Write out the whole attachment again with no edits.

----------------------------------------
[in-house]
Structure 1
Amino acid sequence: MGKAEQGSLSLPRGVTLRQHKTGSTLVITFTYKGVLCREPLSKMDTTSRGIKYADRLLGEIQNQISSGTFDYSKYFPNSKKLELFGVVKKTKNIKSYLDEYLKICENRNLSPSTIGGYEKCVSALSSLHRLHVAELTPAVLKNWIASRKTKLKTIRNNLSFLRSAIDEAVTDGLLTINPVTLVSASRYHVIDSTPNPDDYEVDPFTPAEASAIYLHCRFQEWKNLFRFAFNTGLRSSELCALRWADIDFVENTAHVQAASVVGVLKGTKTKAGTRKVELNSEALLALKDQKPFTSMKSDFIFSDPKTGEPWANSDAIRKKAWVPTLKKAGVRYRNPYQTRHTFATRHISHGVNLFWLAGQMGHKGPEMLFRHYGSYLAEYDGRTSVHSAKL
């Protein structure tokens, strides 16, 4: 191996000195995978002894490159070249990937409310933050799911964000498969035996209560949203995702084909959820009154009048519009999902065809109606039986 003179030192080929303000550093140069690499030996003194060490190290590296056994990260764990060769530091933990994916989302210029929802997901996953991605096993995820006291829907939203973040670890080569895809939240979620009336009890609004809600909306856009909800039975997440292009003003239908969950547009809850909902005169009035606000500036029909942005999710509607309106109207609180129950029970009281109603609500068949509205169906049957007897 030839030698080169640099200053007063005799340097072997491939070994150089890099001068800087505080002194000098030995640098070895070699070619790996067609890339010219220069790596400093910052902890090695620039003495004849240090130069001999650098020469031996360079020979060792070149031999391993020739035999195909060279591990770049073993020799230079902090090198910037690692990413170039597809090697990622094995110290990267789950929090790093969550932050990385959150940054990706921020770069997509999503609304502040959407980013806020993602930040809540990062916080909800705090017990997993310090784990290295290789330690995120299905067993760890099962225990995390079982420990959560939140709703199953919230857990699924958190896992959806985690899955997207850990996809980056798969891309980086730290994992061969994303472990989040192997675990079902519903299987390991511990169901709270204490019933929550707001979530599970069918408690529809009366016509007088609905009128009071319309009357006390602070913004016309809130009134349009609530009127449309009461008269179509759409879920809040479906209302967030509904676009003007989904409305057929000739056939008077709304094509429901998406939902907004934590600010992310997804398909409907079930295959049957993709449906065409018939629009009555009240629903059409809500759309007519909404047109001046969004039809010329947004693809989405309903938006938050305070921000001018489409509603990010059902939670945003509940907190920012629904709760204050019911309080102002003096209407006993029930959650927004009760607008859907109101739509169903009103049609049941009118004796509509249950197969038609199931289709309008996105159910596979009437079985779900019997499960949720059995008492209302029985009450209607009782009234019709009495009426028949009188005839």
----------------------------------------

[in-house]
Structure 1
Amino acid sequence: MGKAEQGSLSLPRGVTLRQHKTGSTLVITFTYKGVLCREPLSKMDTTSRGIKYADRLLGEIQNQISSGTFDYSKYFPNSKKLELFGVVKKTKNIKSYLDEYLKICENRNLSPSTIGGYEKCVSALSSLHRLHVAELTPAVLKNWIASRKTKLKTIRNNLSFLRSAIDEAVTDGLLTINPVTLVSASRYHVIDSTPNPDDYEVDPFTPAEASAIYLHCRFQEWKNLFRFAFNTGLRSSELCALRWADIDFVENTAHVQAASVVGVLKGTKTKAGTRKVELNSEALLALKDQKPFTSMKSDFIFSDPKTGEPWANSDAIRKKAWVPTLKKAGVRYRNPYQTRHTFATRHISHGVNLFWLAGQMGHKGPEMLFRHYGSYLAEYDGRTSVHSAKL
């Protein structure tokens, strides 16, 4: 191996000195995978002894490159070249990937409310933050799911964000498969035996209560949203995702084909959820009154009048519009999902065809109606039986 003179030192080929303000550093140069690499030996003194060490190290590296056994990260764990060769530091933990994916989302210029929802997901996953991605096993995820006291829907939203973040670890080569895809939240979620009336009890609004809600909306856009909800039975997440292009003003239908969950547009809850909902005169009035606000500036029909942005999710509607309106109207609180129950029970009281109603609500068949509205169906049957007897 030839030698080169640099200053007063005799340097072997491939070994150089890099001068800087505080002194000098030995640098070895070699070619790996067609890339010219220069790596400093910052902890090695620039003495004849240090130069001999650098020469031996360079020979060792070149031999391993020739035999195909060279591990770049073993020799230079902090090198910037690692990413170039597809090697990622094995110290990267789950929090790093969550932050990385959150940054990706921020770069997509999503609304502040959407980013806020993602930040809540990062916080909800705090017990997993310090784990290295290789330690995120299905067993760890099962225990995390079982420990959560939140709703199953919230857990699924958190896992959806985690899955997207850990996809980056798969891309980086730290994992061969994303472990989040192997675990079902519903299987390991511990169901709270204490019933929550707001979530599970069918408690529809009366016509007088609905009128009071319309009357006390602070913004016309809130009134349009609530009127449309009461008269179509759409879920809040479906209302967030509904676009003007989904409305057929000739056939008077709304094509429901998406939902907004934590600010992310997804398909409907079930295959049957993709449906065409018939629009009555009240629903059409809500759309007519909404047109001046969004039809010329947004693809989405309903938006938050305070921000001018489409509603990010059902939670945003509940907190920012629904709760204050019911309080102002003096209407006993029930959650927004009760607008859907109101739509169903009103049609049941009118004796509509249950197969038609199931289709309008996105159910596979009437079985779900019997499960949720059995008492209302029985009450209607009782009234019709009495009426028949009188005839």